It’s finally back after 4 years!
One of the world’s biggest sporting spectacles.
Almost half of the world will watch the tournament that happens once in 4 years. You too might be watching it by either donning your favourite team’s jersey or just enjoying the beautiful game.
The sheer audience that the world cup attracts turns our attention to some records and statistics that are broken regularly.
Let us look at some of these stats that are set to be broken in the 2022 World Cup.
Hosting the World Cup often requires countries to invest heavily in infrastructure building like transportation, stadiums, accommodations, etc. Building these elements is a cost-heavy affair.
FIFA requires stadiums to have a capacity of at least 40,000 to host the world cup games. The stadiums hosting the knockout should have a capacity of 60,000, while the one hosting the final should have an 80,000 capacity.
Qatar had to build several stadiums from scratch to meet the above requirements. It also had built metro and hotels to make it a memorable experience for the visitors.
The Qatar World Cup is 12x more expensive than the last World Cup.
Apart from the bragging rights for the next 4 years, countries also get monetary benefits by participating in the prestigious tournament.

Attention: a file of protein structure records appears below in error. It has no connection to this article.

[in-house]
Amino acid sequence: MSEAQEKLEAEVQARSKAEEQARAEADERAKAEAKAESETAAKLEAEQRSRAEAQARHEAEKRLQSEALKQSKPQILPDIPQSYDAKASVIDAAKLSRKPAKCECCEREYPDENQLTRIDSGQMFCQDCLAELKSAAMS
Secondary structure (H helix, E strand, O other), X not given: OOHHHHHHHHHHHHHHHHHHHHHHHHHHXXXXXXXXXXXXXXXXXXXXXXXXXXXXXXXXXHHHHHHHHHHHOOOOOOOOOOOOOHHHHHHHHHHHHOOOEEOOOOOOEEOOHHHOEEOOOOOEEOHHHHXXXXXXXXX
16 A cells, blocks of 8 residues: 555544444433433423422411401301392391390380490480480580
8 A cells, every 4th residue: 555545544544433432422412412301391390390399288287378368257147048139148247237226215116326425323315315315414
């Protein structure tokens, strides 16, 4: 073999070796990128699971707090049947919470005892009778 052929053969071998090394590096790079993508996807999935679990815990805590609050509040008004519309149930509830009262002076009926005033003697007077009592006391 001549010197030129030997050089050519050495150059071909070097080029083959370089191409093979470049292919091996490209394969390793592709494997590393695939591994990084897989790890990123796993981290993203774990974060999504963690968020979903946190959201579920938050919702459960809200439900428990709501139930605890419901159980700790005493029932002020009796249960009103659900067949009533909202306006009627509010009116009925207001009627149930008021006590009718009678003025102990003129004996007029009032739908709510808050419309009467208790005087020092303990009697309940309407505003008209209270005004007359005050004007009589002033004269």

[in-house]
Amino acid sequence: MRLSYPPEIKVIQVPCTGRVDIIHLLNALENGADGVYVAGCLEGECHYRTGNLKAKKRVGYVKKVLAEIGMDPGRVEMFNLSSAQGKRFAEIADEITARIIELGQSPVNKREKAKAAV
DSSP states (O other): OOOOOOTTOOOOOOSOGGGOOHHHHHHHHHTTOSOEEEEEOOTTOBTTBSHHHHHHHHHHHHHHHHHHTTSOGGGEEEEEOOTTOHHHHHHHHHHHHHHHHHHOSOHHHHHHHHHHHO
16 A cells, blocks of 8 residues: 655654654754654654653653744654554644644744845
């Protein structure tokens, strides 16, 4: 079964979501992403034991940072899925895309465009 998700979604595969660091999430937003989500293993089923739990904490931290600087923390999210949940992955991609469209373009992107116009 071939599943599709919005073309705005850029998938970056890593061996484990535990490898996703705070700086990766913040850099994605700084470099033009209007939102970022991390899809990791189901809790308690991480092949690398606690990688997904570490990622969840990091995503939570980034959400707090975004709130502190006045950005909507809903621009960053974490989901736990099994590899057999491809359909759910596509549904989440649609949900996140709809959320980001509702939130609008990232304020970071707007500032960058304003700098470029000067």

While the winners get most of this price pool, even those knocked out in the group stages will take away some amount.
The prize pool is up by 10% this year compared to the last World Cup.
With the massive number of people watching and attending the World Cup, the influx of money is sure for FIFA and the host nation.
The majority chunk of the revenue for FIFA is generated through broadcasting rights. Other sources include ticket sales, sponsorships, merchandise and more.
The host nation gets a part of the ticket sales. It also earns through the spending of the visitors in the country, which can give a boost to the local economy.
Hotels and food places are generally the greatest beneficiaries of the World Cup visitors.
The Qatar World Cup is expected to generate the highest revenue ever.
The World Cup sees countries with diverse economic backgrounds face each other.
In this year’s World Cup, Switzerland has the highest GDP per Capita, while Senegal has the lowest GDP per Capita.
With half the world watching the tournament, this is a massive stage for companies to showcase their brands.
The 2022 World Cup has seen a massive amount of money being pumped by the sponsors, with Chinese companies leading the race.
Sources: Globaldata, Front office sports, IMF
The World Cup is not only a festival of football but also a commercial festival. Brands are often willing to go all out to get themselves displayed at the sporting spectacle.
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